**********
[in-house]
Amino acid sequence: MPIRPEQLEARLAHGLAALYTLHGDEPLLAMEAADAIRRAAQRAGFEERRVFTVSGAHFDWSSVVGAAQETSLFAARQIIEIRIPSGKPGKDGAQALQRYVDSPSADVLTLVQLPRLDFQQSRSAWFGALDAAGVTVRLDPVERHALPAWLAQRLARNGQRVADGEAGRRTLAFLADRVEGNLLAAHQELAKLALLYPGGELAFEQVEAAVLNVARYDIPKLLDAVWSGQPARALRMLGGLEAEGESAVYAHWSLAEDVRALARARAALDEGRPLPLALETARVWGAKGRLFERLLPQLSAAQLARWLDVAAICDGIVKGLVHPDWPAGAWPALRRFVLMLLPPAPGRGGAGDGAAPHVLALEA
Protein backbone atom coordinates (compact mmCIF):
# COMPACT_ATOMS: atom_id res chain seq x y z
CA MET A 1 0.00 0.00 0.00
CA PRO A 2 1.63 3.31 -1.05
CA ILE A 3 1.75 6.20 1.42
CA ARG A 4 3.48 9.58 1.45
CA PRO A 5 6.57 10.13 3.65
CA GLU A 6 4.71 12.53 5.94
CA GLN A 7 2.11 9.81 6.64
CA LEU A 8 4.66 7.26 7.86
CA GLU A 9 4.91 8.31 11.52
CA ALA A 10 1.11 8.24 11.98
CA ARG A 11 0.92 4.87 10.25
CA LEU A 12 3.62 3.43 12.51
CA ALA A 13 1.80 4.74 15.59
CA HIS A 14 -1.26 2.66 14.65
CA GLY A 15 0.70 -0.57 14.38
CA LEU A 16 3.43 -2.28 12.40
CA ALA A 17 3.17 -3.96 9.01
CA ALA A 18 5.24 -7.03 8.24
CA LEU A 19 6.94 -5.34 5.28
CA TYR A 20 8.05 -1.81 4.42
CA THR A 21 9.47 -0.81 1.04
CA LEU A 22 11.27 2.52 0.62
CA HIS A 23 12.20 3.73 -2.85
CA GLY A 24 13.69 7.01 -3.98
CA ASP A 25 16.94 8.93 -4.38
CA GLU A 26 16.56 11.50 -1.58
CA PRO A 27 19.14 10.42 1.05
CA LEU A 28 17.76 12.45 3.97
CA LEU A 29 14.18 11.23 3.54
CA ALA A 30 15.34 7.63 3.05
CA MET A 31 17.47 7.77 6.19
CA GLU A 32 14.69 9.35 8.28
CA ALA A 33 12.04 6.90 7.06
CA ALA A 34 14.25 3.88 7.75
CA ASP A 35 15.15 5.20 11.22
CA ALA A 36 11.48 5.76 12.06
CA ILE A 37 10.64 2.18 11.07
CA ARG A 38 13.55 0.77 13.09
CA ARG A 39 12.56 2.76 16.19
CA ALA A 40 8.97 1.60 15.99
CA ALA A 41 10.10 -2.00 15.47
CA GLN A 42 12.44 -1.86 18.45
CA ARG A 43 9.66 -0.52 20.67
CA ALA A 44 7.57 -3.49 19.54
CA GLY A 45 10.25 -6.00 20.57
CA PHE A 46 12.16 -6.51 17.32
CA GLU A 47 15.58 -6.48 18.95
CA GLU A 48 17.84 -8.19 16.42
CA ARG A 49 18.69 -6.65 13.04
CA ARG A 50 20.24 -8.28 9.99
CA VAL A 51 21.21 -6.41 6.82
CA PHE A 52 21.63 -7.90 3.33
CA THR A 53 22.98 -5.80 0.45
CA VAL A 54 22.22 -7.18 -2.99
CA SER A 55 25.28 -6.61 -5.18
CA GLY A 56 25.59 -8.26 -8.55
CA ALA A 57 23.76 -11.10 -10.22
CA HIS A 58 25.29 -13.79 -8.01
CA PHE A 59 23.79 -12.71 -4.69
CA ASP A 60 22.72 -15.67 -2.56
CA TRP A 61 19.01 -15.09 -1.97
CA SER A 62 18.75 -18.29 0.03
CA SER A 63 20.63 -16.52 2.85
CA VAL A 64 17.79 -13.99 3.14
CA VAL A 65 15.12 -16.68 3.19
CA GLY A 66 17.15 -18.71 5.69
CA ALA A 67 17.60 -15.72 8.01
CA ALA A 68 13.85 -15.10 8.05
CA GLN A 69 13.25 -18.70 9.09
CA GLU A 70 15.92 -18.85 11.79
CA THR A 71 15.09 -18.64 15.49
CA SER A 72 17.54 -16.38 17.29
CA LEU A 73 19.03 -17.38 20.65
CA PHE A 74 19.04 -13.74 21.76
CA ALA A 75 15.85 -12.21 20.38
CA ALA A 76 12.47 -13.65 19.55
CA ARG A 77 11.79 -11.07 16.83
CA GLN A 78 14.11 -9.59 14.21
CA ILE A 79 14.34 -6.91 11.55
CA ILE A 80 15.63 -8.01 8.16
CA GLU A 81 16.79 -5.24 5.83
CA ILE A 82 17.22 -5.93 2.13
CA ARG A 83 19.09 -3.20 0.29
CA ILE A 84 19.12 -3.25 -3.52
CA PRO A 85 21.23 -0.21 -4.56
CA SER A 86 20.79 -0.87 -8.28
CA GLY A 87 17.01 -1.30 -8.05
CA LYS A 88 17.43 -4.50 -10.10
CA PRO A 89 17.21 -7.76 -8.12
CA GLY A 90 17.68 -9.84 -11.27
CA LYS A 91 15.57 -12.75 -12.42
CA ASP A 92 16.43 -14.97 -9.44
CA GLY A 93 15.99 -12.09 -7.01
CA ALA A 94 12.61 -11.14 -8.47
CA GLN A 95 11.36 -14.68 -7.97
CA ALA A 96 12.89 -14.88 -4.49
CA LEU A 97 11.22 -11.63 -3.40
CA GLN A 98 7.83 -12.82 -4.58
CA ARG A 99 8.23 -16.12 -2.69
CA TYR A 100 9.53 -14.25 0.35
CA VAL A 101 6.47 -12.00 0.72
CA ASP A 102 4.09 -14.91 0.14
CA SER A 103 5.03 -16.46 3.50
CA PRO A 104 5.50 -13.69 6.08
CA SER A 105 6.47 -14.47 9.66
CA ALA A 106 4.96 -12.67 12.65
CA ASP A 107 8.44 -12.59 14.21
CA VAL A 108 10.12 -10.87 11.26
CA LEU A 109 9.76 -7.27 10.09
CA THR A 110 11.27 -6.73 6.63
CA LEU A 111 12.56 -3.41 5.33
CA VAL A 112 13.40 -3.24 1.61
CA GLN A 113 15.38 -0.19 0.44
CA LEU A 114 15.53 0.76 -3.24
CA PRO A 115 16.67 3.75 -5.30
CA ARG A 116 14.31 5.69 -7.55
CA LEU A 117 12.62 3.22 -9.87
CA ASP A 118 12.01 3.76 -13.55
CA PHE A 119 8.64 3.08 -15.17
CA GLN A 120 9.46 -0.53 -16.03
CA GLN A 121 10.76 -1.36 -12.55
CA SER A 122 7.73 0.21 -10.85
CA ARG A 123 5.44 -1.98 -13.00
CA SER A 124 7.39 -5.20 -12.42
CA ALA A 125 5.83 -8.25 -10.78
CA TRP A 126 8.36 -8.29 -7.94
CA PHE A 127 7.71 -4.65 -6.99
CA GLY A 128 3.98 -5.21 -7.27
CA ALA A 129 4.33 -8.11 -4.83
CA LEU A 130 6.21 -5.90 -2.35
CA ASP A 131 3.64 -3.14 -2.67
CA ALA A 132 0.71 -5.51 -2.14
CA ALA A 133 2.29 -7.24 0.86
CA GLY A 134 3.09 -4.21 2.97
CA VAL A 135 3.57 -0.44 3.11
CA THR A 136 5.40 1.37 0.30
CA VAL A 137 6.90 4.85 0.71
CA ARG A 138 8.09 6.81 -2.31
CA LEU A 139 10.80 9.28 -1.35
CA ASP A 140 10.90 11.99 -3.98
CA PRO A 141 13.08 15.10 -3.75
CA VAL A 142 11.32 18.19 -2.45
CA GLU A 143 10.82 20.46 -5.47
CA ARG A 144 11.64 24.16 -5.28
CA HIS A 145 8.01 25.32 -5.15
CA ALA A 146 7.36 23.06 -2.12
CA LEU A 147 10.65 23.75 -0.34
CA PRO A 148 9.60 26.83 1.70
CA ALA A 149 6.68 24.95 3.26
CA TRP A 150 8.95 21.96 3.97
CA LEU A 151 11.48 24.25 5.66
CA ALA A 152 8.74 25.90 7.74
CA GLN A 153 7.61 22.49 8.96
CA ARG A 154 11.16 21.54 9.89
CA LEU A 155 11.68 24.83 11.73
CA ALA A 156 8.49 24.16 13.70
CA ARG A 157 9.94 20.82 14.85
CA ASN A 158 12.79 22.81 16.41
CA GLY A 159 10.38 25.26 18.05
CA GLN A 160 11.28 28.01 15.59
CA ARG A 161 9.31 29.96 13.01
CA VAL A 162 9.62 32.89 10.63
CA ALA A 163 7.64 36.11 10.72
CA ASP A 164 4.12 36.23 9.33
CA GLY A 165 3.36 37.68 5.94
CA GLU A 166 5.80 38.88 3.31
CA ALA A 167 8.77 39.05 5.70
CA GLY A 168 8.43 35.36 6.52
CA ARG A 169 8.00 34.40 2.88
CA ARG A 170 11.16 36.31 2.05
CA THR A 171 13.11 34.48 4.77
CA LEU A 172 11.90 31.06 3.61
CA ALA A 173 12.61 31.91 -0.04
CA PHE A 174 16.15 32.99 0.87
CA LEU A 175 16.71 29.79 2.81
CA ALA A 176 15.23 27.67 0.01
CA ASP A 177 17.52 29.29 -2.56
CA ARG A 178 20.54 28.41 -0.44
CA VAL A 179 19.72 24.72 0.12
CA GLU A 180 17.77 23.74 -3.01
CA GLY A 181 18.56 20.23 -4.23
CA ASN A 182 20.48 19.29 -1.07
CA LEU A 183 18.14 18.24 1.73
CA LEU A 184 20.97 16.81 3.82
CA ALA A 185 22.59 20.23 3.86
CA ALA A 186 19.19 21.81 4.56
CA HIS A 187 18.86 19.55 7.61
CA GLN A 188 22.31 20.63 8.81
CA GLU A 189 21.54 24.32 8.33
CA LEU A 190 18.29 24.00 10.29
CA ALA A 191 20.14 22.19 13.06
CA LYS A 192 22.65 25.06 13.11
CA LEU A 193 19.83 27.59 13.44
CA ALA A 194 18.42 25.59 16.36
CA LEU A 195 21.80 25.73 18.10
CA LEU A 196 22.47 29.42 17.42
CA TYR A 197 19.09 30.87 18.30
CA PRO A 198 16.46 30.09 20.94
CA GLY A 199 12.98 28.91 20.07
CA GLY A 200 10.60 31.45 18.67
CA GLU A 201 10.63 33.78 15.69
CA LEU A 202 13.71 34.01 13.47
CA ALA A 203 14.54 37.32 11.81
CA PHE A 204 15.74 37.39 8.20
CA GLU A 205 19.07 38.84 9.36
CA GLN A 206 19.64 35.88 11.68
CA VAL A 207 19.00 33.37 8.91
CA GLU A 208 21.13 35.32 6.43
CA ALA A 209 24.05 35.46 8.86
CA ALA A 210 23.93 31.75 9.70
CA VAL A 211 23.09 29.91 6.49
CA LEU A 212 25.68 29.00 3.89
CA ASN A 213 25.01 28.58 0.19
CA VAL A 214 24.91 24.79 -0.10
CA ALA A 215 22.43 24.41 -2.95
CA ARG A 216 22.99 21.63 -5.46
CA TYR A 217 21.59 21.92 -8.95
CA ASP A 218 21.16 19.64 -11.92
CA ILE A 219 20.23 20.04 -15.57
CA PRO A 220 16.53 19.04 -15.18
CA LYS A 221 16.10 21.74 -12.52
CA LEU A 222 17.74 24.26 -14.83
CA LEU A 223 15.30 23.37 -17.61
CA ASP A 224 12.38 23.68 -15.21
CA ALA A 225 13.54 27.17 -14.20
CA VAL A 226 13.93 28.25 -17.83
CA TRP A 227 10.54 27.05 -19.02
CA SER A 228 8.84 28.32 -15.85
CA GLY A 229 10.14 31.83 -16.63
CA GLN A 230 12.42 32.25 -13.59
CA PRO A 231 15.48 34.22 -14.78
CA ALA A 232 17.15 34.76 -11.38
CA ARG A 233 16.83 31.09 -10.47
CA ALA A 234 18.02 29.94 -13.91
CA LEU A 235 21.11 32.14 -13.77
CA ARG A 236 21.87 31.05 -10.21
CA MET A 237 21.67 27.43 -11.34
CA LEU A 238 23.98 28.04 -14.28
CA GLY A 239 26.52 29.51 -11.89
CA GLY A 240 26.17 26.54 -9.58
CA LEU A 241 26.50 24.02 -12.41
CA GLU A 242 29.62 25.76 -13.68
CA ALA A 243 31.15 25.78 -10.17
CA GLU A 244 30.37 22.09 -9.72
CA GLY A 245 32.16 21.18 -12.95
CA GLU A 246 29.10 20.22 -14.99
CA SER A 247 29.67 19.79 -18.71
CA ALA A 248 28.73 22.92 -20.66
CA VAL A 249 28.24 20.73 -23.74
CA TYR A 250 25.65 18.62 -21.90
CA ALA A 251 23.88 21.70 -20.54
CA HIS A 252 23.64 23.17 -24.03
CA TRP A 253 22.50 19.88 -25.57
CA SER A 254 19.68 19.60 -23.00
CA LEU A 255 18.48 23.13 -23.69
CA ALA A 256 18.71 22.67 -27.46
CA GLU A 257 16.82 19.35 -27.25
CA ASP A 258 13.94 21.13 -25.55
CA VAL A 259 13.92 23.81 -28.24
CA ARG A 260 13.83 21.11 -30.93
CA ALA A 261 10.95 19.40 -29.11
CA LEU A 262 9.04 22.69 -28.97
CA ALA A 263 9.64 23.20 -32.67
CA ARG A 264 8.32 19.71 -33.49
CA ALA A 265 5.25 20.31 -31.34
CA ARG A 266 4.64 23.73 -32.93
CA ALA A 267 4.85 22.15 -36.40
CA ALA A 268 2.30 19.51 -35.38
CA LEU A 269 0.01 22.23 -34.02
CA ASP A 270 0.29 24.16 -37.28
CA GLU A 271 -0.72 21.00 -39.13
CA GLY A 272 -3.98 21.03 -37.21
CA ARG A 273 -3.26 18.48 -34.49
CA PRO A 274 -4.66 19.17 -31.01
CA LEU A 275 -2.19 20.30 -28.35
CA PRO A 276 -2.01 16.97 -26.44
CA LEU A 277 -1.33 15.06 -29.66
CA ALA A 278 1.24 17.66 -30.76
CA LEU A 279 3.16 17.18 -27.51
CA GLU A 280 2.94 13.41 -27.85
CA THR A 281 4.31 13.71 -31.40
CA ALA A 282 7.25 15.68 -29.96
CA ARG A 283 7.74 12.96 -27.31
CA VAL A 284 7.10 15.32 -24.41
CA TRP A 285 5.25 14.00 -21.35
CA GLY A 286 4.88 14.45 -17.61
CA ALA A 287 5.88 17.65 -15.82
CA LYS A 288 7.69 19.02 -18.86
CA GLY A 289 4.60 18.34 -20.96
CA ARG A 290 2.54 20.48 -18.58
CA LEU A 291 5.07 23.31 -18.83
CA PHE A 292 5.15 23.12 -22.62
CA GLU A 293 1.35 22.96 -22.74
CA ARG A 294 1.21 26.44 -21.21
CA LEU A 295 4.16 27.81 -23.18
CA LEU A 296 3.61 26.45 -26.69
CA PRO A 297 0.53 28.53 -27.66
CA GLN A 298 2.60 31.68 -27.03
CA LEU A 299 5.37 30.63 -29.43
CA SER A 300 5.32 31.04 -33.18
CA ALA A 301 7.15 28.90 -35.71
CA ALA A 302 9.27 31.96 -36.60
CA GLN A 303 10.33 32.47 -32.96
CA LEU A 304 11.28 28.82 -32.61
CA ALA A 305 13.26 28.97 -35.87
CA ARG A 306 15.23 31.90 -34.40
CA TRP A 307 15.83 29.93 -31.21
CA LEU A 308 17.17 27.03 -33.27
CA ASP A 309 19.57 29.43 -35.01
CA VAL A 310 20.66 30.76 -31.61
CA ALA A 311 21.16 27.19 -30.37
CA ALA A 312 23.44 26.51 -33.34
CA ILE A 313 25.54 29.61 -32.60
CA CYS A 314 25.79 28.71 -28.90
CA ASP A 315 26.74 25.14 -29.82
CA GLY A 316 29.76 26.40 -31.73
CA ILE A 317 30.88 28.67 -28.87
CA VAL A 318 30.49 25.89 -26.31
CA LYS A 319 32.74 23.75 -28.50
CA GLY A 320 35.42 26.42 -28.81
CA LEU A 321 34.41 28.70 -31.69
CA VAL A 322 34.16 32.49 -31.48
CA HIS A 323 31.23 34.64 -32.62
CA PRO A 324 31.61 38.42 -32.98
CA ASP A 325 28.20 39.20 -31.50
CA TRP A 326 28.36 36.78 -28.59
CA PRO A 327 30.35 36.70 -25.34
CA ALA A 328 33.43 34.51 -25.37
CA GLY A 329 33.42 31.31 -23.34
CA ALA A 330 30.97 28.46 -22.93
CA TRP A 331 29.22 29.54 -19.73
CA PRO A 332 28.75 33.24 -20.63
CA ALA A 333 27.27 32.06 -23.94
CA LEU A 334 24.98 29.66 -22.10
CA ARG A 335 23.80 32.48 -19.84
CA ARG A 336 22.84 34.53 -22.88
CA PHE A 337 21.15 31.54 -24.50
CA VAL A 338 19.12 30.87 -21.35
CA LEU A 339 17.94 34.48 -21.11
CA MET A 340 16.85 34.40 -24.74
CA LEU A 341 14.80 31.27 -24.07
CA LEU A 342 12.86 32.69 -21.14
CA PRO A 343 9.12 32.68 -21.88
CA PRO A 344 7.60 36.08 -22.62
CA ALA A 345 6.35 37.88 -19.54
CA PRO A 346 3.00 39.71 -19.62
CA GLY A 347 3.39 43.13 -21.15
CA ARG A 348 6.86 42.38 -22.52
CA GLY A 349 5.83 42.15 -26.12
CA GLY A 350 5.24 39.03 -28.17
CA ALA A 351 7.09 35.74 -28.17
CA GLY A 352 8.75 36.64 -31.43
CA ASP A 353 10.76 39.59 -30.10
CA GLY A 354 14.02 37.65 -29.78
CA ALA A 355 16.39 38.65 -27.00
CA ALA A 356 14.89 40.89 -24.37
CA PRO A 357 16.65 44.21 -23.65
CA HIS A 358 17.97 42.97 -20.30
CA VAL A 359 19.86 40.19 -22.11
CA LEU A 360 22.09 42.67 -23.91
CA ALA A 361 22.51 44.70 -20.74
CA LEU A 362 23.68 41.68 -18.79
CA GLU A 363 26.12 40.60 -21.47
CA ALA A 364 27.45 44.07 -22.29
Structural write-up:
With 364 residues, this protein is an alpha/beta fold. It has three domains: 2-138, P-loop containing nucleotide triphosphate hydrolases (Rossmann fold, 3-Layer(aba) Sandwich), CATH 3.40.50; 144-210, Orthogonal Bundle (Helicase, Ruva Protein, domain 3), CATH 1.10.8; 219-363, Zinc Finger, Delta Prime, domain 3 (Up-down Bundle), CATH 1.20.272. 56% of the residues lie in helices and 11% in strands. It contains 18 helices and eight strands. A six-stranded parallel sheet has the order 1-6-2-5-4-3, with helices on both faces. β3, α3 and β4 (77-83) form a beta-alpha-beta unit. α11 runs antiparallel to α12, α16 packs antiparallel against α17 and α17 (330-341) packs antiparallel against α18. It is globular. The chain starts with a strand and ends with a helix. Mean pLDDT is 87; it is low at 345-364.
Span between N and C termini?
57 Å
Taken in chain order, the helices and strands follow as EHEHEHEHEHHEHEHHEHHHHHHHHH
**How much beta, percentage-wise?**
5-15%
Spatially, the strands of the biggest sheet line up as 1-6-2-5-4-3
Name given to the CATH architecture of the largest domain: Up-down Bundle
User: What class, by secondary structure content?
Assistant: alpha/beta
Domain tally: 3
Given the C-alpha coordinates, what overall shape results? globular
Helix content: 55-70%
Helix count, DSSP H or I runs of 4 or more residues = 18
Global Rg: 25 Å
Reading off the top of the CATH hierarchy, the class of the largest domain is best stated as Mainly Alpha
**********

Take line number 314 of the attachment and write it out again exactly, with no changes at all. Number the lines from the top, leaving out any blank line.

CA VAL A 310 20.66 30.76 -31.61